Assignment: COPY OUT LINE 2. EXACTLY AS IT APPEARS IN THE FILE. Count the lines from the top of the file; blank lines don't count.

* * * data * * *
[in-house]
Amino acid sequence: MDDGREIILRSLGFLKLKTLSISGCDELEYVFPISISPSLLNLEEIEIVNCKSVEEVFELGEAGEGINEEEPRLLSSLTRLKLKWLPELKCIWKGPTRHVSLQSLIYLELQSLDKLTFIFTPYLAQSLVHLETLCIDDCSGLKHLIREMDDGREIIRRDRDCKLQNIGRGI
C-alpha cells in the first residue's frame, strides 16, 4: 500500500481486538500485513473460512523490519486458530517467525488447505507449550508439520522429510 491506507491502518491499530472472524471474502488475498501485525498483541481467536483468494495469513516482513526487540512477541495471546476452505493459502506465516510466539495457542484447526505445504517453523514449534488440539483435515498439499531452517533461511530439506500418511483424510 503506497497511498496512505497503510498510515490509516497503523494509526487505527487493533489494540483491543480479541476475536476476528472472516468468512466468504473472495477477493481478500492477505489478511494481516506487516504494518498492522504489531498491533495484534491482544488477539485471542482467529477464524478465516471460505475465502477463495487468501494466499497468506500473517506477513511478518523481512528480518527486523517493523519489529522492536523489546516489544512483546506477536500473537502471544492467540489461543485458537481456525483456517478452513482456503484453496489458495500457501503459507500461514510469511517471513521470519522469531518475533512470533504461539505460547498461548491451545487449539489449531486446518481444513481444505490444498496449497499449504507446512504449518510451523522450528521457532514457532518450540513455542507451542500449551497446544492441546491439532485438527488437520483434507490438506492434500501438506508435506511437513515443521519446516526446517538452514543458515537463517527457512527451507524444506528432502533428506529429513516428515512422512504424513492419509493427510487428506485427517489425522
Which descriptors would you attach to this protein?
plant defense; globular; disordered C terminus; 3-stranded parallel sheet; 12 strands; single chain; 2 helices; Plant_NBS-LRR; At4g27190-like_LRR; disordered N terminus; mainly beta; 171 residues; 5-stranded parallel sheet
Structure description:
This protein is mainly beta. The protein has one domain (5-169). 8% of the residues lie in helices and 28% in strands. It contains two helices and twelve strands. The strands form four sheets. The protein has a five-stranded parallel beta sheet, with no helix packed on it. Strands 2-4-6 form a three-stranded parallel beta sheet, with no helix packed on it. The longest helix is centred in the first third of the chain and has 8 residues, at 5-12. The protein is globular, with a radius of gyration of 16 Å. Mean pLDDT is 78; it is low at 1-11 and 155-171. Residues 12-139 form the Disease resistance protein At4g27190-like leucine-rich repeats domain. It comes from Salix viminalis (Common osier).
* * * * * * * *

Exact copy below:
Amino acid sequence: MDDGREIILRSLGFLKLKTLSISGCDELEYVFPISISPSLLNLEEIEIVNCKSVEEVFELGEAGEGINEEEPRLLSSLTRLKLKWLPELKCIWKGPTRHVSLQSLIYLELQSLDKLTFIFTPYLAQSLVHLETLCIDDCSGLKHLIREMDDGREIIRRDRDCKLQNIGRGI